Conversation with an Agnostic / ex-Non-Practicing Catholic

I was sent on a business trip traveling with this guy from my work.  He’s not in my department, but works nearby.  I’ve known him casually for many years – I would guess over 10 years, but this is the first time we’ve ever spent a significant amount of time together.  It is just us 2 staying at this hotel (separate rooms of course) and we’ve been going to breakfast, lunch and dinner every day together.  We’re here for the whole week and today is Tuesday.  So far, I’ve just been getting to know him and finding out about his family, his situation, his likes/dislikes, hobbies, etc.  Probably level 2 type conversations.  We’d gotten beyond the weather and sports and into more personal stuff.  So, today on the way home from work, we started talking about musical tastes and he shared all the music that he likes.  So, I knew that it was going to come out that I pretty much liked all Christian music, because that is the truth.  I have a past history of liking all sorts of music and I certainly do still like a lot of that (e.g. the Beatles).  For some reason, the subject of guitar came up and I talked about knowing how to play guitar.  He asked me what type of music I play.  So, I decided that was a good opportunity to bring up my faith.  I say, well, I don’t know if you know this, but I am a Christian.  He said, no he didn’t know that.  And I said that every Thursday evening, I’m part of a men’s group where I play guitar and it is all Christian music.  He said, that is interesting, because my brother does the same thing.  He’s gotten really into going to church and Christianity.  He’s like totally changed.  I told him that I’m the same way.  I then talked a little bit about how I became a Christian.  I got a job offer in our corporate headquarters (at the previous company where I was working) and my wife at that time said I was really difficult to deal with.  She’d been taking my son to church with a friend of hers and she was really wishing that I would go.  So, she said that she would agree to move so that I could take the job offer at corp as long as I would agree to go to Church when we got there.  So we moved and I ignored my promise for about 2 years.  Until one Easter…  My son’s best friends (a brother and sister) invited us to go to Church.  It was a Lutheran Church.  So, my wife reminded me of my prior commitment to her about going to church.  So, I grudgingly said yes.  Well, in that service, something very strange and special happened.  As I was sitting there listening to the sermon, it felt like the pastor was just talking to me.  There was the cross behind him as he told about Jesus and how he’d died for our sins.  And it hit me like a ton of bricks.  I just had the sense that there really was something to this and I felt stirring in my heart and I was convicted that I was a sinner before God and that Jesus died for me.  So, at that point, me and my wife had started going to a new believer’s class and I was going to a men’s group.  Later in November of that year I was baptized.  Then we move out here to Arizona and eventually, my family got less and less interested and finally I was the only one going to Church.  Now that is still the case and I’m more involved than ever including even teaching the Bible at the Church to kids.  At this point our conversation got interrupted because we were back at the hotel and the car we’d pulled up next to had it’s back driver’s side passenger window smashed out.  It shocked both of us.  So, that derailed us for a few minutes then we got back to talking.  I shared that I know it may sound cliché but what happened to me (and I think your brother) was that we were born again.   Once I was born again and my eyes were opened (he used the phrase about his brother that he’d finally “saw the light”), I started to investigate whether it was really true, because I was starting to have doubts.  During the first 37 years of my life all I looked at was all the evidence that was against Christianity, I never looked at the evidence that was for Christianity.  Now I started looking at all that and was amazed how much supporting evidence there was.  I was becoming convinced that this was true beyond a reasonable doubt.  I was getting the feeling that I would actually need more faith to NOT believe that I would need to believe.  Then he shared that his brother, after he really started to get into this stuff invited him to Church and he went.  He talked about the guy up there playing music in his casual clothes and talked about how it was pretty laid back.  He said that it “stuck” for his brother, but it didn’t really “stick” for me.  He said he just really wasn’t that into it, so he stopped going.  As we were starting to go up the elevator, he was asking me if Catholic and Christians had the same Bible.  I said that it was mainly the same, except that they have the Apocrypha in between the testaments.  I said that however the theology of Protestants and Catholics is quite different.  I asked him if he’d ever heard of Martin Luther, in the 1500’s, how he posted his grievances with the Catholic Church and that started the whole split between the 2.  He said that no, he’d not heard of that.  At that time, it was time for him to get off at the 4th floor to go to his room and I had to go to the 6th floor for mine.  We agreed to meet in about an hour and go to dinner.  I had hopes that the conversation would continue…  I’d shared my testimony, now I wanted to get more deeply into what Christianity was all about.  We went out to eat at a Mexican restaurant and started off with small talk.  We didn’t really resume talking about spiritual things right away.  So, I started back with the guitar and talked about what guitars I’d owned in the past and what I own now and various other music related topics.  In an effort to get the topic steered back to what we were talking about earlier on the way home from work, I brought up the topic of his brother.  I asked where he lived and he told me, then he started talking about how his brother had a job in finance in a car dealership and was working 7 days a week and making a lot of money.  He had a really nice house.  But when he “saw the light”, he decided to get out of that and get a job with more reasonable hours where he could spend more time with his family.  He quit his job and sold his house.  He said he couldn’t believe the change in his brother.  He said that is his flesh and blood and he really couldn’t understand it.  He thought there might be something to it, that is why he himself decided to try it and went to Church with his brother, but he admitted he didn’t really give it a good try.  I think he said something like it just didn’t work for him and it didn’t do anything for him.   He just wasn’t interested in it anymore and stopped going.  So, I shared with him that I think there were 2 things that really caused my to be Christian.  When I realized that God’s standard was perfection and that I’d sinned – you know the 10 commandments???  He nodded that yeah, he was familiar with all of that because he went to Catechism as a child.  He has the “Our Father” memorized and everything.  So, I continued – when I realized that I was guilty before God and basically was headed for hell – he stopped me – because you didn’t keep the commandments??  I said that no one in the whole world can keep the commandments perfectly and that is what God’s standard is – perfection.  (He agreed that no one can be perfect).  And when I realized that I was guilty before God and headed for hell and that God provided a free pardon for my sins through faith in Jesus Christ, I thought I’d be a fool not to accept that, so I did.  I think at some point he mentioned that hell was a pretty harsh punishment “for not going to Church”.  I said, well, I think people in the world have a lot of misguided ideas about heaven and hell.  I told him that a lot of people seem to think of heaven as kind of like an eternal Disney Land.  But the Bible says that the essence of heaven is being with God forever.  Now on the other hand, hell is being separated from God forever.  He said, oh well that doesn’t sound that bad – no fire – maybe just a little heat he said with a giggle.  I said, well, while I think that it is possible that the flames of hell are literal, it is possible that they are just figurative and are meant to communicate how horrible hell will be.  See the people who believe in Jesus will be with him forever in heaven, but the rest of the people who reject Jesus Christ will be separated from him.  And since everything we have in the world that is good is from God, the people who are separated from God forever will be permanently separated from everything good.  I think people generally don’t realize that everything we have that is good in this world comes from God – the beauty in nature, the sunshine, our bodies and skills and every other good thing.  So they think hell won’t be that bad, but really its being separated from the source of good – God – forever.  He seemed to understand it when I put it that way.  But then he asked – what about other religions?  Will they all go to hell?  I mean what about Islam and Allah?  I explained to him that the subject of other religions is certainly a tough subject to talk about.  But assuming that a person has heard the Christian message accurately, that they’ve heard about the condemnation they’re under and still consciously and willfully reject God’s free pardon through Jesus, they will end up separated from God in hell.  Jesus says in the Bible “There is a judge for the one who rejects me and does not accept my words.  That very word which I spoke will condemn him at the last day” (John 12:48).  I said there is some controversy over whether a person who’s never heard of Jesus will be condemned.  Jesus said one time, “If I had not come and spoken to them they would not have been guilty of sin.  But now, they have no excuse for their sins” (John 15:22).  So, if there is a person in the jungle who’s never heard of Jesus, there are some who feel that God will judge them according to what they know (according to the light they have).   He said – oh, so people who have other gods won’t go to hell.  I cautioned him – I said again, if they’ve heard the message of Jesus and rejected him, no they will go to hell.  So then I said, but you know the other thing that convinced me in regards to Christianity is that there’s strong evidence that it’s true.  So, even though I’m really uncomfortable with the idea of someone from another religion going to hell, unfortunately that’s something I ultimately have to accept.  It’s not an issue of how it makes me feel, it’s more an issue of whether it is true or not.  If it is true, I need to accept it, so my primary task is to determine the truth of it and then, once determined to be true, it needs to be accepted.  But I said, I can always go back to the Bible says that God will treat everyone ultimately fairly.  He is a good judge and no one will get anything that they don’t deserve.  He also brought up objections about how there was a time when he was searching for answers and open to religion, then he would see the stories about the priests involved in those molestation cases and it would really discourage and disappoint him.  I share that it grieves me as well.  I think that is a big turn off to people when they see Christians acting like hypocrites.  But Jesus said “by their fruits, you will recognize them”, meaning that you can generally tell if someone is a Christian by looking at their life.  If they’re out buying crack cocaine every night and visiting the house of prostitution, then that may be a pretty good indication that they’re not living the life that they’re professing.  I talked about how your good life does not and can’t save you, but the pattern of your life (becoming increasingly righteous and being grieved and repenting when you do slip up and sin) is evidence that you’re saved.  He also made a point to bring up Athletes who point to God or thank Jesus – are they just doing it for show?  I said, we can’t really know of judge for certain.  But again, if the pattern of their life is filled with sin, they may be just doing it all for show.   We talked about keeping the rules and the pattern of your life and how you’re not kicked out of the family every time you sin.   Christians still sin; they still have bad thoughts and sometimes fall into old habits.  It seems to be more about their attitude when they do sin.  Whereas I used to celebrate my decadence and actually brag about it, I no longer do that.  When I do slip up or fail or fall into old habits, I’m quick to go to God in pray and ask for forgiveness and repent.  I realize that my salvation is not in jeopardy every time I sin.  I’m still in God’s family and I’m still going to heaven.  Nothing’s going to change that.  When I was discussing this topic of obedience and disobedience, he actually brought up Mormonism.  He mentioned that a friend of his is Mormon and that they place a big emphasis on obedience.   I agreed with him and relayed a story of someone I know who got ex-communicated from the Mormon Church for having sex outside of marriage.  This person went through like a little mini trial and was kicked out of the church and had to get that corrected before being allowed back in.  We talked a little bit about the problems with Joseph Smith and the Book of Mormon and Book of Abraham as well.  He made the assertion about Christianity having problems as well – that the books were written down after a period of hundreds of years and they changed them to say what they wanted.  I shared how the New Testament was 27 books written by 9 authors who were all either eyewitnesses or interviewed eyewitnesses.  And they were all written in the first century in the life times of those who could challenge these claims being made.  The authors (all but one) went to their deaths proclaiming these truths when all they had to do was recant and they would have saved themselves, but they chose instead to die to make sure these claims were spread.  I mentioned that from a historical point of view, the New Testament was more well attested than most of the literary works from that time – in fact not even close.  I shared how the New Testament has more than 24,000 manuscripts, which is far more than other documents from that period.   He mentioned that he thought he’d heard that there were some scholars that were skeptical of all this that was written in the Bible.  I asked if he was referring to Bart Ehrman.  He didn’t know the name.  So I explained how Bart Ehrman would even affirm that there was a historical figure called Jesus, who lived in the first century, was crucified on a Roman cross, buried and that his disciples reported seeing him alive (back from the dead) later.  Now he admittedly doesn’t believe that Jesus was actually resurrected, but he will at least affirm those minimal facts.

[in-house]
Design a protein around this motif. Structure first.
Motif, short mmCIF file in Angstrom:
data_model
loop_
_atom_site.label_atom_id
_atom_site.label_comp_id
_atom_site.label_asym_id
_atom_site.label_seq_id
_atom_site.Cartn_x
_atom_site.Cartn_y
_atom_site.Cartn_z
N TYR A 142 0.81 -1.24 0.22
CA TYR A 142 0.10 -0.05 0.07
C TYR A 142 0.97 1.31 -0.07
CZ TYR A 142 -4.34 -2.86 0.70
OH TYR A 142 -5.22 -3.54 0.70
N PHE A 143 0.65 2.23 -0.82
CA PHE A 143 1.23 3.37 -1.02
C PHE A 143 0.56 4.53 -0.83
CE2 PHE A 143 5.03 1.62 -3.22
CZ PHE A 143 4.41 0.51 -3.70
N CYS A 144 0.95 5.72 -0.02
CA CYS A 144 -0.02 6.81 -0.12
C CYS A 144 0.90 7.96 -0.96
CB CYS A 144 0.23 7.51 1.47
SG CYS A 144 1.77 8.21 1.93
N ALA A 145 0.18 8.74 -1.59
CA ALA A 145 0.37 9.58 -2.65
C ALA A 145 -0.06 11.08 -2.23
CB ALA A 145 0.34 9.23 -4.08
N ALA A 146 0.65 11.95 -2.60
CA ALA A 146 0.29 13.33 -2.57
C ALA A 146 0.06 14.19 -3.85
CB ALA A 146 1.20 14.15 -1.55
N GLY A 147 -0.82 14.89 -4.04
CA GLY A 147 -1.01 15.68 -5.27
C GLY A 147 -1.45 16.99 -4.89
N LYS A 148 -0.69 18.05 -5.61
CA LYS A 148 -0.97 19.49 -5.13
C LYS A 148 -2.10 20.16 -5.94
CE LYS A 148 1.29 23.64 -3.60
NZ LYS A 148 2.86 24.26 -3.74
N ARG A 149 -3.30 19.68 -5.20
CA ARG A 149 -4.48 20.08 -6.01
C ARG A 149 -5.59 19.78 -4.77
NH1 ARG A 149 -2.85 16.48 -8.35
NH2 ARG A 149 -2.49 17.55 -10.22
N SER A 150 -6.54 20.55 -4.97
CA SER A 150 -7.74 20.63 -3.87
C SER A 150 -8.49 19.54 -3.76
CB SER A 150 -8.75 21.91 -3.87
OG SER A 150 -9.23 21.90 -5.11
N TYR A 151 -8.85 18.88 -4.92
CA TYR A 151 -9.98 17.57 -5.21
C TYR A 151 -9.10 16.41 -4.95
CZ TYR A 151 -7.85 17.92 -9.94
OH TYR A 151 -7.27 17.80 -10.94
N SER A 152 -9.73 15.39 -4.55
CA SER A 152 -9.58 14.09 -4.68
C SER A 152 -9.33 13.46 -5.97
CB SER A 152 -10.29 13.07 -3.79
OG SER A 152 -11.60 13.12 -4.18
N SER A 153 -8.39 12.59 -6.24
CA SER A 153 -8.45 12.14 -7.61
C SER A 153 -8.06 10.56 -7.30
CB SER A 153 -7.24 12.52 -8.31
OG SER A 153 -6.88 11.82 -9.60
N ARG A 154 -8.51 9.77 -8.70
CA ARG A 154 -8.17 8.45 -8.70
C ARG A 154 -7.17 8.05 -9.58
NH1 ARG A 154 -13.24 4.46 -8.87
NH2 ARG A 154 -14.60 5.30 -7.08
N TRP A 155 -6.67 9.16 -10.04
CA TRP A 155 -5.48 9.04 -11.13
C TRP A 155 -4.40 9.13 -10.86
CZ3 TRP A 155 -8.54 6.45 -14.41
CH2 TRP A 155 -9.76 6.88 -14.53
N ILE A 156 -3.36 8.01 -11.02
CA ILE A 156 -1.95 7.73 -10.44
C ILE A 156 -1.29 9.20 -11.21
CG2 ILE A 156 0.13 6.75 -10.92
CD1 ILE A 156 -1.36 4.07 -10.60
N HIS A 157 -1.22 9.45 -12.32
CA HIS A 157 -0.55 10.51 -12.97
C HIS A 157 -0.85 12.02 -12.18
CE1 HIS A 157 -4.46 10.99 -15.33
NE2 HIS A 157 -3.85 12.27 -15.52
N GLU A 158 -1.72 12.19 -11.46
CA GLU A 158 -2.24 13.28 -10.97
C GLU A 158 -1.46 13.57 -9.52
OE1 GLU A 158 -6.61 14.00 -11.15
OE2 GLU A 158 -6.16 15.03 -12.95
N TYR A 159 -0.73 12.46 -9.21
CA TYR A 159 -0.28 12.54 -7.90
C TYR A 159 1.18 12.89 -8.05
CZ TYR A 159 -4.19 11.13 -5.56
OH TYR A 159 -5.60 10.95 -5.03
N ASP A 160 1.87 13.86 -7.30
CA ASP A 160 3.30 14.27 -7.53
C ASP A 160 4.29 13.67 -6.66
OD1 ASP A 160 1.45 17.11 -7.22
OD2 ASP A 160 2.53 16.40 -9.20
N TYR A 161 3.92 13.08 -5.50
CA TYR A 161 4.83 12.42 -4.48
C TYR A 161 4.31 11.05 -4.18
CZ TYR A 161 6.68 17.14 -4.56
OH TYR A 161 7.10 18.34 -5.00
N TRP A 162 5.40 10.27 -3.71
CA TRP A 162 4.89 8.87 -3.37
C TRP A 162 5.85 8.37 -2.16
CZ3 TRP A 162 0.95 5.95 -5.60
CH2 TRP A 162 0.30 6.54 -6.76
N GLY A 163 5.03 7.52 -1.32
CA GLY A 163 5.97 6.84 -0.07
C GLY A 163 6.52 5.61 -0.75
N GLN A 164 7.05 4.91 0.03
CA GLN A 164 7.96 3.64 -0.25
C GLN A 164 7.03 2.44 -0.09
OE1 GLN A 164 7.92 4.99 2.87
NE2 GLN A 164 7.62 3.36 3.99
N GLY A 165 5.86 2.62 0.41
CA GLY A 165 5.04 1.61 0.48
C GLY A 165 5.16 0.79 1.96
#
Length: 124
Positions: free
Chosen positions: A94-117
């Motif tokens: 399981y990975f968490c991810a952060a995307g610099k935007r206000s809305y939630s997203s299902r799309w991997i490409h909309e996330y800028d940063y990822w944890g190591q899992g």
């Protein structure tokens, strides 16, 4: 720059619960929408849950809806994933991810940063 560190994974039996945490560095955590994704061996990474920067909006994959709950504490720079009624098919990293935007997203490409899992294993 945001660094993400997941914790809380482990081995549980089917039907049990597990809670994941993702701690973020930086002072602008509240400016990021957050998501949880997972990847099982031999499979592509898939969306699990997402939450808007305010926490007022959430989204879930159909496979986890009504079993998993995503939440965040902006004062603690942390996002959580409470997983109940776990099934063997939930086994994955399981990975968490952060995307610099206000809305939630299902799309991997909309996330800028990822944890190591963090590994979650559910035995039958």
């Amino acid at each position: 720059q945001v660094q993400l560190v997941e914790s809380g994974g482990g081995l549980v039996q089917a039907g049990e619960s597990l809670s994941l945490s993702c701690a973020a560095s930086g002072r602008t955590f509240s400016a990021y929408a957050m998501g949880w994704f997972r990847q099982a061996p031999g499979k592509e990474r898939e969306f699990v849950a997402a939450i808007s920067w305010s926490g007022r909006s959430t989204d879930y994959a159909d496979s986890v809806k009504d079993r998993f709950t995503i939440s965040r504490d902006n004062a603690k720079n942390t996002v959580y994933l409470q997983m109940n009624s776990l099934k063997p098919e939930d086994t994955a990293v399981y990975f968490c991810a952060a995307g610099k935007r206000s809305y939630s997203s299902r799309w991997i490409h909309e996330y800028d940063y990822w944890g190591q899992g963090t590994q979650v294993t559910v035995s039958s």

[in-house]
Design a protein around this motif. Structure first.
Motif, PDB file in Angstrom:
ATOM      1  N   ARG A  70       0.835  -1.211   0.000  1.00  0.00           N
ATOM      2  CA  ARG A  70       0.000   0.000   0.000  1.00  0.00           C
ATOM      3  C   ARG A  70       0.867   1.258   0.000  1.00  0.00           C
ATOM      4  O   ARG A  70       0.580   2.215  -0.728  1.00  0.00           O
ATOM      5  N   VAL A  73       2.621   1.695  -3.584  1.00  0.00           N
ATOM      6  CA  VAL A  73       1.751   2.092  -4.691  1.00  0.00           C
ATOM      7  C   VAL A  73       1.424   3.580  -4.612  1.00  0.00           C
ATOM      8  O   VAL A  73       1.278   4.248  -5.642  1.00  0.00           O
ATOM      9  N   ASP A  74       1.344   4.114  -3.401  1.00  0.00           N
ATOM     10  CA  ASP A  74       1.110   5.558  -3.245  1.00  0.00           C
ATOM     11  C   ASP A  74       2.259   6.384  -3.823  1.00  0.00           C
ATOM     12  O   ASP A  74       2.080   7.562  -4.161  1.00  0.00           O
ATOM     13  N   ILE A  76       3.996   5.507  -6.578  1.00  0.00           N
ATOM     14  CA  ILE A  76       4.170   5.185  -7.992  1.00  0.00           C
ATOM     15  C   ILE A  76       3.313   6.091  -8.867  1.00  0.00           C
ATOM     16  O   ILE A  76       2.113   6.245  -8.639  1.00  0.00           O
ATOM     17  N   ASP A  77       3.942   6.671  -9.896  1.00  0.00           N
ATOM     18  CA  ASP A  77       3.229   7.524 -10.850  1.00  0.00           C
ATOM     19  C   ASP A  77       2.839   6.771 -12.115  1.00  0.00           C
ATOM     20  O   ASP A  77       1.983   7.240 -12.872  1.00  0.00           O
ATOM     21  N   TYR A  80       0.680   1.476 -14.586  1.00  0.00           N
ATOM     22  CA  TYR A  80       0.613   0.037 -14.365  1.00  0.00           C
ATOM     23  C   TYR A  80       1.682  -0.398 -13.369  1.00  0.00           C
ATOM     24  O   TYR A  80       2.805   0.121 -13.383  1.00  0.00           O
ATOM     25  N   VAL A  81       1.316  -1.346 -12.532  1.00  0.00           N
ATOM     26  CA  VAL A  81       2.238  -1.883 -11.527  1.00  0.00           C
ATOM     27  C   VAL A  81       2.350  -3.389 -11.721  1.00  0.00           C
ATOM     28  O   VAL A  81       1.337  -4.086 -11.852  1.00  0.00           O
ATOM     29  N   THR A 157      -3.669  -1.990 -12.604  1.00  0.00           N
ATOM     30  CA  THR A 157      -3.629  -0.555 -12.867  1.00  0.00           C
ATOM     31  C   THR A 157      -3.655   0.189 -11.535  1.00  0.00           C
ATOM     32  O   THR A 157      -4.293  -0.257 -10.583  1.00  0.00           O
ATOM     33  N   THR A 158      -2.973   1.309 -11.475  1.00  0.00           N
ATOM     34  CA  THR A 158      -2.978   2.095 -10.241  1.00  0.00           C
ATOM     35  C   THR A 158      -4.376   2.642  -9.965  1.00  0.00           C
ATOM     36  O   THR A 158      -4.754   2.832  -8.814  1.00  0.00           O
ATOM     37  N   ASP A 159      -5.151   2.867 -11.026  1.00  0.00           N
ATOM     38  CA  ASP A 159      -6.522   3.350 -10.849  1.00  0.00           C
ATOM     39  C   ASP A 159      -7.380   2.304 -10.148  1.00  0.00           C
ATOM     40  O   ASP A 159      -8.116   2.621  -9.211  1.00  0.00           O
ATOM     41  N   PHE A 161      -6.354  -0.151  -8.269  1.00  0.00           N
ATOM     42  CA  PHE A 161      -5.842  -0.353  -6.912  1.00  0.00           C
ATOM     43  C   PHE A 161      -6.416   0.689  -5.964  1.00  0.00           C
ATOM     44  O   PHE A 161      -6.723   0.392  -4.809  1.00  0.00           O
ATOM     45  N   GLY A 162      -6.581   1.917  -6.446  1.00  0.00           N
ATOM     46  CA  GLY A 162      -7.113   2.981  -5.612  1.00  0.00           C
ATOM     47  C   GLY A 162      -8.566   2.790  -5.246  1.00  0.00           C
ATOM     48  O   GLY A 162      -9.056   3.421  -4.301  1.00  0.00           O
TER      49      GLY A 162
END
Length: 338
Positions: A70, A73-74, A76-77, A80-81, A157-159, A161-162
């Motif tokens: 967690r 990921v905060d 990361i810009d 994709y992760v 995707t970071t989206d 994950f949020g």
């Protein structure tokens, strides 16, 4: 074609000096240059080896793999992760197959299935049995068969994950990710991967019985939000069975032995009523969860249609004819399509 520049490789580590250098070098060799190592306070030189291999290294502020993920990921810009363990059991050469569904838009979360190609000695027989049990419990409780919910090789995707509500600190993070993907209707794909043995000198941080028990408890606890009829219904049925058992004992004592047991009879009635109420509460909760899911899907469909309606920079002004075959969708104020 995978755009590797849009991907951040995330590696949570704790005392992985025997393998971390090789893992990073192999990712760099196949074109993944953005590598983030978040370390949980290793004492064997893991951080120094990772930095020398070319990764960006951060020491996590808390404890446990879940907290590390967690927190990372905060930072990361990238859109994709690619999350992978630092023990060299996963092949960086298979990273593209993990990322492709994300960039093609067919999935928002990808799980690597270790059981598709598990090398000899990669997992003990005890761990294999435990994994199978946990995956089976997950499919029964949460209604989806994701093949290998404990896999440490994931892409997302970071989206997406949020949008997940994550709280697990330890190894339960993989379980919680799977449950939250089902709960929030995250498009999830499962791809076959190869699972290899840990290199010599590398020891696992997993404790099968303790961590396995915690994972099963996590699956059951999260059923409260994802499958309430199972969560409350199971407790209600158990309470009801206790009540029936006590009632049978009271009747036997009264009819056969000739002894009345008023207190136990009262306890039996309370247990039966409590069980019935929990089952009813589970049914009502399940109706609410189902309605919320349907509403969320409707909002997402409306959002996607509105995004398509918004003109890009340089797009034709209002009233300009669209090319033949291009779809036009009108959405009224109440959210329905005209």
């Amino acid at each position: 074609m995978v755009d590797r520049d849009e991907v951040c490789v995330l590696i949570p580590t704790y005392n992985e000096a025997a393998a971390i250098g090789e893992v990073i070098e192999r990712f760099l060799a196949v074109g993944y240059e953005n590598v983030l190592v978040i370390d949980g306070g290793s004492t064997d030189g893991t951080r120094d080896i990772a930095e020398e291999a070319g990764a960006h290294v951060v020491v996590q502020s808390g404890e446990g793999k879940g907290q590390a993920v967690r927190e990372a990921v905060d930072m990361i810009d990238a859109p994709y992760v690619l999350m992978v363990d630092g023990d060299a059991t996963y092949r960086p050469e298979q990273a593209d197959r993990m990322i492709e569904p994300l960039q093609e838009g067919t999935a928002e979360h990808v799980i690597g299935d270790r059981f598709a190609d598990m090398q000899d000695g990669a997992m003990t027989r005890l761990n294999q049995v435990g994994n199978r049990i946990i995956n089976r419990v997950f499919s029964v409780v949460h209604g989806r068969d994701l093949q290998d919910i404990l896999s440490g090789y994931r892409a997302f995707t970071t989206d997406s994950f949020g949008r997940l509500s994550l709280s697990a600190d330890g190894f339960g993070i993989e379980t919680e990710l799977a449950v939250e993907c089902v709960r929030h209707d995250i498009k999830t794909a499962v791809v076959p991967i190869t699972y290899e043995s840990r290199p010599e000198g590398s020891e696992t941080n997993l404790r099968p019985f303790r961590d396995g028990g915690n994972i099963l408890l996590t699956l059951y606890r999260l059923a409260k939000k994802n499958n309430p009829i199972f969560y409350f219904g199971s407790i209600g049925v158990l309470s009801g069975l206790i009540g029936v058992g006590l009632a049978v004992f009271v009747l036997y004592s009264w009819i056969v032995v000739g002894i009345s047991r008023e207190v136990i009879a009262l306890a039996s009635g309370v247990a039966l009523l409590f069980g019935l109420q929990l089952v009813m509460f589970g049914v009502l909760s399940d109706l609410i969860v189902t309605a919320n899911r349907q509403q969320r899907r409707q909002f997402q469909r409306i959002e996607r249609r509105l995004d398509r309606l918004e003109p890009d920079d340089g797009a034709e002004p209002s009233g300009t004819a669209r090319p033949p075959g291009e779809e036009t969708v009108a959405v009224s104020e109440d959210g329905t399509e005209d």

During the conversation at some point I said that there are times that I as a Christian have doubts.  I wonder if all this is a hoax.  I wonder am I crazy because so few people seem to believe it.  But then I go back to the basics – there is a God – I mean, we have this universe – where did it come from?  And there is life that looks to be designed in the universe, with DNA, our bodies and their design.  He agreed with those being good points.  And those same points made him start seeking answers in the past too.  I also said that I investigated the historical evidence that Jesus is who he said he is and did what the Bible said he did.

He had made some comment about Christianity making his brother’s life better and I think that was part of what his brother was telling him in order to convince him.  I told him that in some ways your life gets better, but that’s not why I became a Christian.  In fact in some ways your life gets worse.  You can expect some persecution.  I get mocked and laughed at and sometimes excluded because of my faith.  But there are also ways that it makes your life much better – just knowing that I was under condemnation and that now I have peace with God and I have the peace of knowing that I’m going to heaven.  And my life has purpose now.  I have something and someone to follow.  My life is meaningful and I know it doesn’t end at death.  There were other things we talked about and other lines of conversation, but I just can’t remember all the details now…  Overall, he said he enjoyed the conversation.  Then the night was over.  We’ll see what tomorrow brings…